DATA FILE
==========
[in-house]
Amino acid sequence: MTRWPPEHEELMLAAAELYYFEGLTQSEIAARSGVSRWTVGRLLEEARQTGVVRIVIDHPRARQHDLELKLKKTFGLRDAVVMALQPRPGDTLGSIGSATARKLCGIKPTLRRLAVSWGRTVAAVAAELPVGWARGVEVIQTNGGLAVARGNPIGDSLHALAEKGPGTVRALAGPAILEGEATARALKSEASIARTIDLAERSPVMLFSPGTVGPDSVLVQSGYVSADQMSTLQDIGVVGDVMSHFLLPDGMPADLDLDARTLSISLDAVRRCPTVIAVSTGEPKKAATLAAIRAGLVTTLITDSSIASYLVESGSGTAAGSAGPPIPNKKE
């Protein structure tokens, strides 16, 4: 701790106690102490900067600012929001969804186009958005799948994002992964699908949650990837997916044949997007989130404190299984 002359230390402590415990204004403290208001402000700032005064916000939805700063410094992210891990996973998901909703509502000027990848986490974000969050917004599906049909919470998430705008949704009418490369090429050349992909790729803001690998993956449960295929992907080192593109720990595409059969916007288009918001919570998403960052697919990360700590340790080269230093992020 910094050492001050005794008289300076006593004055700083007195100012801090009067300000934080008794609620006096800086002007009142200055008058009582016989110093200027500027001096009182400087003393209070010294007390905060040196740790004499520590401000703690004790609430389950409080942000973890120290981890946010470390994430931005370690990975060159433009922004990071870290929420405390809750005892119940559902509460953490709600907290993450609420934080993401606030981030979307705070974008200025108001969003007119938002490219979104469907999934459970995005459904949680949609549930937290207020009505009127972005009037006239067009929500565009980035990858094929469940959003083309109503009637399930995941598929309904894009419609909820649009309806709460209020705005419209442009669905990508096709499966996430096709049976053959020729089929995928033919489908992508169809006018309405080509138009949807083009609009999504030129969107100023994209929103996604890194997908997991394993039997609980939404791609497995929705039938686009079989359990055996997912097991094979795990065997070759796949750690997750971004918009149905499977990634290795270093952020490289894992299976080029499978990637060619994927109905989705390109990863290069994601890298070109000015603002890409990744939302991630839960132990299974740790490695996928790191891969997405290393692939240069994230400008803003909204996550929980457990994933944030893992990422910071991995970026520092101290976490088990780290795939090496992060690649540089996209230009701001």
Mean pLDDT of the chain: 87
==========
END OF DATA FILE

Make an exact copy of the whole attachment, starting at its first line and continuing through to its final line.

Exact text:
[in-house]
Amino acid sequence: MTRWPPEHEELMLAAAELYYFEGLTQSEIAARSGVSRWTVGRLLEEARQTGVVRIVIDHPRARQHDLELKLKKTFGLRDAVVMALQPRPGDTLGSIGSATARKLCGIKPTLRRLAVSWGRTVAAVAAELPVGWARGVEVIQTNGGLAVARGNPIGDSLHALAEKGPGTVRALAGPAILEGEATARALKSEASIARTIDLAERSPVMLFSPGTVGPDSVLVQSGYVSADQMSTLQDIGVVGDVMSHFLLPDGMPADLDLDARTLSISLDAVRRCPTVIAVSTGEPKKAATLAAIRAGLVTTLITDSSIASYLVESGSGTAAGSAGPPIPNKKE
């Protein structure tokens, strides 16, 4: 701790106690102490900067600012929001969804186009958005799948994002992964699908949650990837997916044949997007989130404190299984 002359230390402590415990204004403290208001402000700032005064916000939805700063410094992210891990996973998901909703509502000027990848986490974000969050917004599906049909919470998430705008949704009418490369090429050349992909790729803001690998993956449960295929992907080192593109720990595409059969916007288009918001919570998403960052697919990360700590340790080269230093992020 910094050492001050005794008289300076006593004055700083007195100012801090009067300000934080008794609620006096800086002007009142200055008058009582016989110093200027500027001096009182400087003393209070010294007390905060040196740790004499520590401000703690004790609430389950409080942000973890120290981890946010470390994430931005370690990975060159433009922004990071870290929420405390809750005892119940559902509460953490709600907290993450609420934080993401606030981030979307705070974008200025108001969003007119938002490219979104469907999934459970995005459904949680949609549930937290207020009505009127972005009037006239067009929500565009980035990858094929469940959003083309109503009637399930995941598929309904894009419609909820649009309806709460209020705005419209442009669905990508096709499966996430096709049976053959020729089929995928033919489908992508169809006018309405080509138009949807083009609009999504030129969107100023994209929103996604890194997908997991394993039997609980939404791609497995929705039938686009079989359990055996997912097991094979795990065997070759796949750690997750971004918009149905499977990634290795270093952020490289894992299976080029499978990637060619994927109905989705390109990863290069994601890298070109000015603002890409990744939302991630839960132990299974740790490695996928790191891969997405290393692939240069994230400008803003909204996550929980457990994933944030893992990422910071991995970026520092101290976490088990780290795939090496992060690649540089996209230009701001």
Mean pLDDT of the chain: 87